Ask Clients How they Want You To Invoice
As I mentioned before, my very first invoices were ugly Microsoft Word templates. Well guess what? I still use those templates for one client to this very day. When I tried to update him to electronic invoices he resisted. The first time I sprang a new style invoice on this client, he wrote back a simple, “Let’s please go back to the old invoices.” And so we did. It may take me an extra minute or two to write up this old school invoice, but better me taking a little more time to invoice him than him taking a lot more time to pay me because I send him invoices in a way that’s unnatural to him.
Most online invoicing services take care of #’s 1-4 above. They keep track of when you sent invoices to whom. They look professional. They allow you to add in a late penalty, and they offer a one-stop-dashboard where you can login and see the state of your business’s financial health. Better yet, they save a lot of time manually filling out invoices in your old school Microsoft Word template.
I’m curious – what was your very first invoice like?
As a matter of fact I just gave someone my first invoice the other day. This is a client that I have been doing business with for a long time, but it was my first ever invoice. I want to start doing business more business-like so I decided to start using invoices. Not sure what should or shouldn’t be included, I did what you said you did – except it was an Excel template instead of Word.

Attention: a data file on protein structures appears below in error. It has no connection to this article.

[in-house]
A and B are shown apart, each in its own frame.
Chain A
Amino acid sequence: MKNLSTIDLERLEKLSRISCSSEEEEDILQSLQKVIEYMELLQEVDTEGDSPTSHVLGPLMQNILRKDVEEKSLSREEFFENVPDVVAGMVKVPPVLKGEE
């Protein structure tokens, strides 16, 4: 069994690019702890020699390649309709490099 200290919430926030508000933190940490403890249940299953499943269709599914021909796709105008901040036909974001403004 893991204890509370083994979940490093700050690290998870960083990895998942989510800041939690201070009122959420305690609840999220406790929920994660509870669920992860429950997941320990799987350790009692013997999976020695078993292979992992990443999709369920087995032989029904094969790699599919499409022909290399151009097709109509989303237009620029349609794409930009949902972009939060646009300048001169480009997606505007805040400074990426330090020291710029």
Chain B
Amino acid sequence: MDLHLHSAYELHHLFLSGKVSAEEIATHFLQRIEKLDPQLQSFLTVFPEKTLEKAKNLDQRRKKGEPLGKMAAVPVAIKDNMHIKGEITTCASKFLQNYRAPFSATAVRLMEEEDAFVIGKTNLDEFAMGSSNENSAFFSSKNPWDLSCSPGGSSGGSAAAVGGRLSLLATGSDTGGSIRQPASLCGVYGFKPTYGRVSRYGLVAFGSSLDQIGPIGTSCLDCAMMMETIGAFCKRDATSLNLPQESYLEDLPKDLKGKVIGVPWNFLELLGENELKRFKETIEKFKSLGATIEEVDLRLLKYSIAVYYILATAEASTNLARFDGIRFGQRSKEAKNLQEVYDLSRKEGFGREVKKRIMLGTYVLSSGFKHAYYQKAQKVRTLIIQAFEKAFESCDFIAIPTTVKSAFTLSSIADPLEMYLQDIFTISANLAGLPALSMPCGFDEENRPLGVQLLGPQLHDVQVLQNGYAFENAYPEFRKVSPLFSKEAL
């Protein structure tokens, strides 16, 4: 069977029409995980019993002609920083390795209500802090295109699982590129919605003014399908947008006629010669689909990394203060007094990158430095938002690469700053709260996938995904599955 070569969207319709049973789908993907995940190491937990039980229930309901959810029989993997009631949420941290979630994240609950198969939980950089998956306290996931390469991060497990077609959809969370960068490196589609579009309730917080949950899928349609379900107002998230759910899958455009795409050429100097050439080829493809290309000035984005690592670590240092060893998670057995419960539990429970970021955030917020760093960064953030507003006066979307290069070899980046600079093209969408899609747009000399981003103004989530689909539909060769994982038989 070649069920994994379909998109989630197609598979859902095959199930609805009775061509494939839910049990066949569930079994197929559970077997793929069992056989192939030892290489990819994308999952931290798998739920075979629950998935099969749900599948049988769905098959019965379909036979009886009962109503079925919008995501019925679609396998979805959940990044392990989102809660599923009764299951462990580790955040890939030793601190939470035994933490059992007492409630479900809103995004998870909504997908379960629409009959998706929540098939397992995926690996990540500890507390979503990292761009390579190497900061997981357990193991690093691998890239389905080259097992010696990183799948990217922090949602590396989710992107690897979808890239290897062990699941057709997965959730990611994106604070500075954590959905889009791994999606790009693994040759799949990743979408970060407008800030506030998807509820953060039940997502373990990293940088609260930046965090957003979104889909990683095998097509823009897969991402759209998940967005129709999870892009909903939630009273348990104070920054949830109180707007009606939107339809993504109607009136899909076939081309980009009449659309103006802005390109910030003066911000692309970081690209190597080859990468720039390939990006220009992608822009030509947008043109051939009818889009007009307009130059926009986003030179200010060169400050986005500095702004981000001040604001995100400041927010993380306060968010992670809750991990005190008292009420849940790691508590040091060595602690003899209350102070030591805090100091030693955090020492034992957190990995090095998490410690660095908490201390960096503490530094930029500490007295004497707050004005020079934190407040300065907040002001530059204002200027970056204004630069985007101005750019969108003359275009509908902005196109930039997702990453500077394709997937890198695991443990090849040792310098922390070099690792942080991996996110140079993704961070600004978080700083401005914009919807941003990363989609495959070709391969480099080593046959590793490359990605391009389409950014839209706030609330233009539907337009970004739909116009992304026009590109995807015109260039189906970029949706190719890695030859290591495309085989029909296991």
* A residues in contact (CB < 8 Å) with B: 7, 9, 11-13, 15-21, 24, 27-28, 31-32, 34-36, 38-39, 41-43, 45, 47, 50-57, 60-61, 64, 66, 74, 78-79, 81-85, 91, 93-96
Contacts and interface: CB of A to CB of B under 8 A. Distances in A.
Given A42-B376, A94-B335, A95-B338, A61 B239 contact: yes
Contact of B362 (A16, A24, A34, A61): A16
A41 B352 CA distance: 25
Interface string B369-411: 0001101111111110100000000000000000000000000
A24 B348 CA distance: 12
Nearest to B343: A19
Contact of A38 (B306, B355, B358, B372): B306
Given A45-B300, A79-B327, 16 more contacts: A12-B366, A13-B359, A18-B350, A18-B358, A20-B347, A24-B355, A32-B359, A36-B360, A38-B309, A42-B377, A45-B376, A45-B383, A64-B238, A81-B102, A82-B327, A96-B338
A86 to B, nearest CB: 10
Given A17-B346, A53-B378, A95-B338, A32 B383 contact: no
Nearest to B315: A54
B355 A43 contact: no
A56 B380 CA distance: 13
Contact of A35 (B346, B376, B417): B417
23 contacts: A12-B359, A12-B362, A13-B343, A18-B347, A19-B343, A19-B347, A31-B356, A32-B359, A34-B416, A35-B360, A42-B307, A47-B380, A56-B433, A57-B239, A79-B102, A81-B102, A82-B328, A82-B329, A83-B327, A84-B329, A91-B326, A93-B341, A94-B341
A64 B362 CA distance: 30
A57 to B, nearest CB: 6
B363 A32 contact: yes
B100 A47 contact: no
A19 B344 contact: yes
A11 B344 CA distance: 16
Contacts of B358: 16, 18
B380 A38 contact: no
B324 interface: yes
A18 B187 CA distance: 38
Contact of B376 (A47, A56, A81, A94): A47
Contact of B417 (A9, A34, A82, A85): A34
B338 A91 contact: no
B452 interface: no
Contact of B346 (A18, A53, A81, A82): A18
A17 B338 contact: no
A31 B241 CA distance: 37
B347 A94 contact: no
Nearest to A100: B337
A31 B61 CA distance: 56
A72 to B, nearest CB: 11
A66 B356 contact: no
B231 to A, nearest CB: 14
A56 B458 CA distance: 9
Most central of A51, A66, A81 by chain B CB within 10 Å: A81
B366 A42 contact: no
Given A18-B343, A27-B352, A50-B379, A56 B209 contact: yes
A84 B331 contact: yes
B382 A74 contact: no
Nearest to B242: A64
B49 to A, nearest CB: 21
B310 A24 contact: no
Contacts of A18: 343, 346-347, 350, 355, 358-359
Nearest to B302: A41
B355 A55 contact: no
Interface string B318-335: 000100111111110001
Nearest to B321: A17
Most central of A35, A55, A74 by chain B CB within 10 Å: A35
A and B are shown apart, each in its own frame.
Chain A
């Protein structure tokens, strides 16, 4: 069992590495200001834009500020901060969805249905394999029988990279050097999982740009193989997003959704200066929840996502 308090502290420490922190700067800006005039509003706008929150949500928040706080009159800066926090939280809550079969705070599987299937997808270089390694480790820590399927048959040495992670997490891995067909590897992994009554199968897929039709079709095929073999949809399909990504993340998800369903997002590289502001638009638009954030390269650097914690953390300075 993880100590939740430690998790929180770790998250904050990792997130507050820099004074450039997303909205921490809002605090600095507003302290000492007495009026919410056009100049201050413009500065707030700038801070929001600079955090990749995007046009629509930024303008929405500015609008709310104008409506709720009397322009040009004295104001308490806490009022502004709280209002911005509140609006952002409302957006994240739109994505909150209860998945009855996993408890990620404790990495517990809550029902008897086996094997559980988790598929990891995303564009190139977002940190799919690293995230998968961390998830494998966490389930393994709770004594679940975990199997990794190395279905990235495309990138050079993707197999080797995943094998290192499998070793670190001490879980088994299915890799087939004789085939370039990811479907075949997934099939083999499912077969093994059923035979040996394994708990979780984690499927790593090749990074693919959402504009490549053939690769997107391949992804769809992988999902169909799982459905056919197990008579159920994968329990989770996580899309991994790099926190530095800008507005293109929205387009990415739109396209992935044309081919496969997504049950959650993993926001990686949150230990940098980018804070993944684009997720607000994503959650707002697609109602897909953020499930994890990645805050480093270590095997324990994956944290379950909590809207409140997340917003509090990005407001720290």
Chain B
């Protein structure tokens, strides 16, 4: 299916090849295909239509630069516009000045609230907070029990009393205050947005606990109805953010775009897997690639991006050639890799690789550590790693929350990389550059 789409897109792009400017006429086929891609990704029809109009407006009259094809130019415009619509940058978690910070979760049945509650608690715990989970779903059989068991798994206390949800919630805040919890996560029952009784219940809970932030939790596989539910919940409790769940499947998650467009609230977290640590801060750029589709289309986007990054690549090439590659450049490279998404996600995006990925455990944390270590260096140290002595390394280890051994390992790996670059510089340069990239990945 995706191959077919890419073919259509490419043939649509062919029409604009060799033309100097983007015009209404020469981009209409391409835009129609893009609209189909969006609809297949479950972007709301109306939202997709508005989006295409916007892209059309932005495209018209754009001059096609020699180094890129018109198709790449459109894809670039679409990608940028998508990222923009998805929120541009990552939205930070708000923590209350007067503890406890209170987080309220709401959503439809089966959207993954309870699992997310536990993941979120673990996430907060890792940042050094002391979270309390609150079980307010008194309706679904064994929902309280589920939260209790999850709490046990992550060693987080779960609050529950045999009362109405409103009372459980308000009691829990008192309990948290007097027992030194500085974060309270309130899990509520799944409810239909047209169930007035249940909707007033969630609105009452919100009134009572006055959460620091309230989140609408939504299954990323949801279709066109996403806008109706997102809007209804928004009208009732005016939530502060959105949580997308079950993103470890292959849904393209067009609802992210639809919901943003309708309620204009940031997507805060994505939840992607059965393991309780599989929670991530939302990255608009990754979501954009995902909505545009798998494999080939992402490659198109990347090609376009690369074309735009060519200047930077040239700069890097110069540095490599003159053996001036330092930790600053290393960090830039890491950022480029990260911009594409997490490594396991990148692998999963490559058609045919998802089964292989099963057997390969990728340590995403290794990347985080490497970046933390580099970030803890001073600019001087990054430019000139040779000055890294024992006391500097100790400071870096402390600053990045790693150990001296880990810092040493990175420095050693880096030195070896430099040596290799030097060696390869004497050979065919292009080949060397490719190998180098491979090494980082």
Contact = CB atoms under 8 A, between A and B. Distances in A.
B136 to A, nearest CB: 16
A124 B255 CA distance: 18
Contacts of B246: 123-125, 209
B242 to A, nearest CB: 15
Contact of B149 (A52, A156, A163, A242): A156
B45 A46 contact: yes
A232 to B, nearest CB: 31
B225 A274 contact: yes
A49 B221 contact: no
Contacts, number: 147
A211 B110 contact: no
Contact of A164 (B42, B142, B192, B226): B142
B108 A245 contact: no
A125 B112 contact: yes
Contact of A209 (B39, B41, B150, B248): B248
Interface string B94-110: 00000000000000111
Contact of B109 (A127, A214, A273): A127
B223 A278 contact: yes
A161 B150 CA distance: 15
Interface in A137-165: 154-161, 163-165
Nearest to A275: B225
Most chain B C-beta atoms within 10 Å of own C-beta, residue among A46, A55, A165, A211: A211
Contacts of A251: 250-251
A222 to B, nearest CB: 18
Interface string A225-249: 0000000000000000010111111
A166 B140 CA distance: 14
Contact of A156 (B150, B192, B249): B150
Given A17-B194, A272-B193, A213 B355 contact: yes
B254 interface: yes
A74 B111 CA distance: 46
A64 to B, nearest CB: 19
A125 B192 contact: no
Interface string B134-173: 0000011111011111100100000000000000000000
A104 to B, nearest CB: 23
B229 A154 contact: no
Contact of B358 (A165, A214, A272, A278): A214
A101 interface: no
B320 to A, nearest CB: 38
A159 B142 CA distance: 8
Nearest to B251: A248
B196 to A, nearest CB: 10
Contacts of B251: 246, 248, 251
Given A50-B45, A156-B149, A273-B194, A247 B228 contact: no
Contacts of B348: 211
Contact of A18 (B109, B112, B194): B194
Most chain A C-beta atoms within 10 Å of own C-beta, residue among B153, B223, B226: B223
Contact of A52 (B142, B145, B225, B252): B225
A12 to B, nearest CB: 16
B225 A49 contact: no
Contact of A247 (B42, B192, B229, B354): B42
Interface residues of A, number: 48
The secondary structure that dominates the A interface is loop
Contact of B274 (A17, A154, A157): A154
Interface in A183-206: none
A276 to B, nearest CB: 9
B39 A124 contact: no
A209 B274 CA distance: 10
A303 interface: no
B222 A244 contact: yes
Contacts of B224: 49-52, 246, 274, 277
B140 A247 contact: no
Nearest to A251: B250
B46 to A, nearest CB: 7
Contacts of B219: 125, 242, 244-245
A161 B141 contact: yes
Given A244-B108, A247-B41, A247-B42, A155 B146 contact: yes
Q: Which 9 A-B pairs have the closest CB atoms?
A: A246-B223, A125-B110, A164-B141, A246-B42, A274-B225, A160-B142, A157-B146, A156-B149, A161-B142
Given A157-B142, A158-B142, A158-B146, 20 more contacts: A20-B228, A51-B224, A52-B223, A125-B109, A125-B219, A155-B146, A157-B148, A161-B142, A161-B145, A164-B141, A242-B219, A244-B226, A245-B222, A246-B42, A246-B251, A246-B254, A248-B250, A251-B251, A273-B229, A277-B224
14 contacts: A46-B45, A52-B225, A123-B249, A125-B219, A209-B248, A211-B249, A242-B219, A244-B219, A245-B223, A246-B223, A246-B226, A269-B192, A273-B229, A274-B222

I noticed later that the invoice number was 10000 where it should have been 00001.
This is exactly why I wrote this post. Have you ever heard of anybody being instructed on how to write an invoice? This is something we sort of fly into blind and then feel around until we figure it out. And if no major problems erupt, it’s quite possible that we might be sending slightly faulty invoices for years and years! That’s why I like online invoicing – most services (like WePay, the one I use) – make sure you have all the fields filled out so you can’t miss anything vital (like that pesky due date.) Thanks for commenting. May your invoice is paid on time and in full. ;)
Excellent advice Jennifer!
You nailed it with the tips about making sure you put a due date on the invoice — you’d be amazed at the people who forget this. And how many people do you know who pay bills without a due date? Not putting a due date is a good way to not get paid.